World War II: Observation Posts
Concern about a military invasion of the western Washington coast brought the National Park Service
into the war effort. Military radar did not cover all the remote mountain and coastal areas of the
strategic Olympic Penisula. To augment this coverage, both the U.S. Army and the U. S. Coast Guard
instituted programs that established observational lookouts. The Army formed the Aircraft Warning
System (AWS). Thirteen ASWS lookouts were within the mountainous terrain of Olympic National Park,
supplied and maintained by the Park Service. These lookouts consisted of both existing park
structures and a series of new buildings constructed specifically for the AWS program. Existing
fire lookouts, like Dodger Point, were quickly brought into the program. Others, like Pyramid Peak,
were hastily constructed during 1942.
The Coast Guard established a second program of lookout stations and outposts along the coasts of
Oregon and Washington called the Northwest Sea Frontier Coastal Lookout System. Here new facilities
had to be constructed. One of the new lookouts was at the mouth of Starbuck Creek being the Starbuck
lookout at the mouth of Starbuck Creek, roughly four miles south of Lake Ozette.
Both these systems were operated until 1944.
The basis of judgment for evaluating Pyramid Peak and the Coastie Head Lookout cabin is a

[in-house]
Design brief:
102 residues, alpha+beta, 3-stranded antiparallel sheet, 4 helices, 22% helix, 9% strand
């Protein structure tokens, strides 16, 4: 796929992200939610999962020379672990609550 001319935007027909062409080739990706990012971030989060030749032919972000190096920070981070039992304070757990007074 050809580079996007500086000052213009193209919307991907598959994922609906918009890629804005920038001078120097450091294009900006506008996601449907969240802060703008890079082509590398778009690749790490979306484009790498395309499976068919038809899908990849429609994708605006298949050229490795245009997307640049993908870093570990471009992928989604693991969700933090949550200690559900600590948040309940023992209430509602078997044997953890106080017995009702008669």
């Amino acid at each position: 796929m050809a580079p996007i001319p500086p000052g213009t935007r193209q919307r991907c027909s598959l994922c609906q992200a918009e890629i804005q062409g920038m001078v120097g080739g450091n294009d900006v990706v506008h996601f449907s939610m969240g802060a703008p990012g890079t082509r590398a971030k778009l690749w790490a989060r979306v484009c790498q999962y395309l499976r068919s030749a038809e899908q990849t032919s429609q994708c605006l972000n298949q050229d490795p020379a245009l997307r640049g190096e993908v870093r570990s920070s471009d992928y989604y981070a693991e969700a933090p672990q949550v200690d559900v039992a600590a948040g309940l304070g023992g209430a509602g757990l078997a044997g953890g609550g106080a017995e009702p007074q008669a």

Conservation policy of preserving the structures more as objects of interpretation. There is no
formal policy for their use within the management of the National Park, except for the occasional
hikers. Within such a policy, stabilization of the basic structure and envelope are the main goals.
Original material should be preserved and function, the main design character of the structure
retained, but little beyond stabilization should be pursued. Such preservation measures may include
minimal and limited restoration of deteriorated material and replacement in-kind of material and
assemblies that have reach their service life only for the soundness of the essential structure and
Elements of Significance and Character Defining Features:
Within the goal of preserving Pyramid Peak Lookout and Coastie Head Lookout cabin, the concept of
significance plays a vital role in establishing maintenance policy. For historic structures,
significant elements are those qualities of the building that provide historic meaning and
Both these structures are significant for their association with the short history as observation
posts in World War II. Their design and construction represents the most functional use of
materials. And while they have retained some of the integrity of setting, design, materials,
and association with an important aspect of the Park's history, it cannot be overlooked that
neither were constructed for durability or longevity.
In terms of significant character defining elements of the lookouts, the single most important
character is their location. It was the location that created these buildings and the location's
value for the war effort. Retaining the basic elements of the structures in a state of minimal
stabilization provides interpretive meaning to an obscure civilian and military wartime action.